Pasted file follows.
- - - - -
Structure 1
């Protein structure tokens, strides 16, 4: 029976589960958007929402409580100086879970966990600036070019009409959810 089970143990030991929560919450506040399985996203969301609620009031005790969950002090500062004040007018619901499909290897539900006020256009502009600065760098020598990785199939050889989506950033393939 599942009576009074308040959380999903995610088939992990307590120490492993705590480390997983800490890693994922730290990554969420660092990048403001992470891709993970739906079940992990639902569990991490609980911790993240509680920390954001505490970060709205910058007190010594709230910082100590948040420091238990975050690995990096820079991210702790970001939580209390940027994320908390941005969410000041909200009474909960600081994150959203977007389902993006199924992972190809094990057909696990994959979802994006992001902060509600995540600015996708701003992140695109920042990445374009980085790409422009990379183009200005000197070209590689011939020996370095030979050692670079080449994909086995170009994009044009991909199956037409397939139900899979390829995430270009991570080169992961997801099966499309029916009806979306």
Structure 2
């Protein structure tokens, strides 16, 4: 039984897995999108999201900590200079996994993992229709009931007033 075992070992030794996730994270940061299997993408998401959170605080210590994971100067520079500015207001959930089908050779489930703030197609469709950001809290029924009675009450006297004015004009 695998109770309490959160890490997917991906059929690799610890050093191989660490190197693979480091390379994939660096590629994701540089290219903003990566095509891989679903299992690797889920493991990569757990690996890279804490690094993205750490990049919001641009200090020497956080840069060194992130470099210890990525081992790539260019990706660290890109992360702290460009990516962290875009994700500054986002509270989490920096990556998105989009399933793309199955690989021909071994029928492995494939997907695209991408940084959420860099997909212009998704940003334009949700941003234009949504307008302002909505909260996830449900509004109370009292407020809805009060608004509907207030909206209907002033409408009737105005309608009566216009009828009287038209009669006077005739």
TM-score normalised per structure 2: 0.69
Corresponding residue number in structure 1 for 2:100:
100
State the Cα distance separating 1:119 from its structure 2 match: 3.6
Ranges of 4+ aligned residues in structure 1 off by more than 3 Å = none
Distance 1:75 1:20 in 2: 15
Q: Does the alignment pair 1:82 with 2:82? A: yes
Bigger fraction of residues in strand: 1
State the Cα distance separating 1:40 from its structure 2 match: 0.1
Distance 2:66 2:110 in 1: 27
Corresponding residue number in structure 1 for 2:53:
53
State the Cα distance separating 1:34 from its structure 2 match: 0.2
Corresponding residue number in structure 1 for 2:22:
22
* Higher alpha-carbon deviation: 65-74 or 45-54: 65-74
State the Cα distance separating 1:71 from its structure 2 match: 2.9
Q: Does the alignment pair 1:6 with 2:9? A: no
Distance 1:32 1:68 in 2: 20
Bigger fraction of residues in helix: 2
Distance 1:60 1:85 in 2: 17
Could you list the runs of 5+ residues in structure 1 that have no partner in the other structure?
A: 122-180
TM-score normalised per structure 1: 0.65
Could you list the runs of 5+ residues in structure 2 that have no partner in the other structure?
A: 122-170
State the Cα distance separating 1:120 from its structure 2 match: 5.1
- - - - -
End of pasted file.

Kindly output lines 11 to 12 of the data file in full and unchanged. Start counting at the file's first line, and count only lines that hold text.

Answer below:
Q: Does the alignment pair 1:82 with 2:82? A: yes
Bigger fraction of residues in strand: 1